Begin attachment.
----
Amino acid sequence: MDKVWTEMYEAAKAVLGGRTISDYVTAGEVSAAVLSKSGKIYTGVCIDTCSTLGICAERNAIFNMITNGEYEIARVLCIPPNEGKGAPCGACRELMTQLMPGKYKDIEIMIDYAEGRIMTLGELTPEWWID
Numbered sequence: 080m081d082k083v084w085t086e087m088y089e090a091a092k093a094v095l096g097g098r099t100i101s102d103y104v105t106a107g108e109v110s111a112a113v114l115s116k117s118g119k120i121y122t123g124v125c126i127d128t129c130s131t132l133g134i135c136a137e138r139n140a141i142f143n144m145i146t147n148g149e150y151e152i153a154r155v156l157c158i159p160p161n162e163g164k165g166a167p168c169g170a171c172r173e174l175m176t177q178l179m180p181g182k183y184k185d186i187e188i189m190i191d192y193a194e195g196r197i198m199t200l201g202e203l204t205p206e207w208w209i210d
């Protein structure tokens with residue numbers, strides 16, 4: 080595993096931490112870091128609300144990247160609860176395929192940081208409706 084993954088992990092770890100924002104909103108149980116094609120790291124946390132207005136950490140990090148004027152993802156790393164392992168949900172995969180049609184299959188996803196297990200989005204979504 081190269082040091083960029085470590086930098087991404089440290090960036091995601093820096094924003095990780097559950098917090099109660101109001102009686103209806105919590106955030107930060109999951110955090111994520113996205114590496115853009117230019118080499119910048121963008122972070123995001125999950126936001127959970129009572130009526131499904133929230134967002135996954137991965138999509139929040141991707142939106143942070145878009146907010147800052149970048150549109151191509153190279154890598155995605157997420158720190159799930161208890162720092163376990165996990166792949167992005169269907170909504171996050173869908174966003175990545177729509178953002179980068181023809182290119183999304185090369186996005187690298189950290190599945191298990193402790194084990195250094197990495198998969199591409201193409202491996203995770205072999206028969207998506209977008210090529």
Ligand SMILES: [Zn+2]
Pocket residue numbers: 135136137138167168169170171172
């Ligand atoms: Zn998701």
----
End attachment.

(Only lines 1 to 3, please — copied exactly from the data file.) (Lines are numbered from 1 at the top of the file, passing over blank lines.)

Amino acid sequence: MDKVWTEMYEAAKAVLGGRTISDYVTAGEVSAAVLSKSGKIYTGVCIDTCSTLGICAERNAIFNMITNGEYEIARVLCIPPNEGKGAPCGACRELMTQLMPGKYKDIEIMIDYAEGRIMTLGELTPEWWID
Numbered sequence: 080m081d082k083v084w085t086e087m088y089e090a091a092k093a094v095l096g097g098r099t100i101s102d103y104v105t106a107g108e109v110s111a112a113v114l115s116k117s118g119k120i121y122t123g124v125c126i127d128t129c130s131t132l133g134i135c136a137e138r139n140a141i142f143n144m145i146t147n148g149e150y151e152i153a154r155v156l157c158i159p160p161n162e163g164k165g166a167p168c169g170a171c172r173e174l175m176t177q178l179m180p181g182k183y184k185d186i187e188i189m190i191d192y193a194e195g196r197i198m199t200l201g202e203l204t205p206e207w208w209i210d
């Protein structure tokens with residue numbers, strides 16, 4: 080595993096931490112870091128609300144990247160609860176395929192940081208409706 084993954088992990092770890100924002104909103108149980116094609120790291124946390132207005136950490140990090148004027152993802156790393164392992168949900172995969180049609184299959188996803196297990200989005204979504 081190269082040091083960029085470590086930098087991404089440290090960036091995601093820096094924003095990780097559950098917090099109660101109001102009686103209806105919590106955030107930060109999951110955090111994520113996205114590496115853009117230019118080499119910048121963008122972070123995001125999950126936001127959970129009572130009526131499904133929230134967002135996954137991965138999509139929040141991707142939106143942070145878009146907010147800052149970048150549109151191509153190279154890598155995605157997420158720190159799930161208890162720092163376990165996990166792949167992005169269907170909504171996050173869908174966003175990545177729509178953002179980068181023809182290119183999304185090369186996005187690298189950290190599945191298990193402790194084990195250094197990495198998969199591409201193409202491996203995770205072999206028969207998506209977008210090529």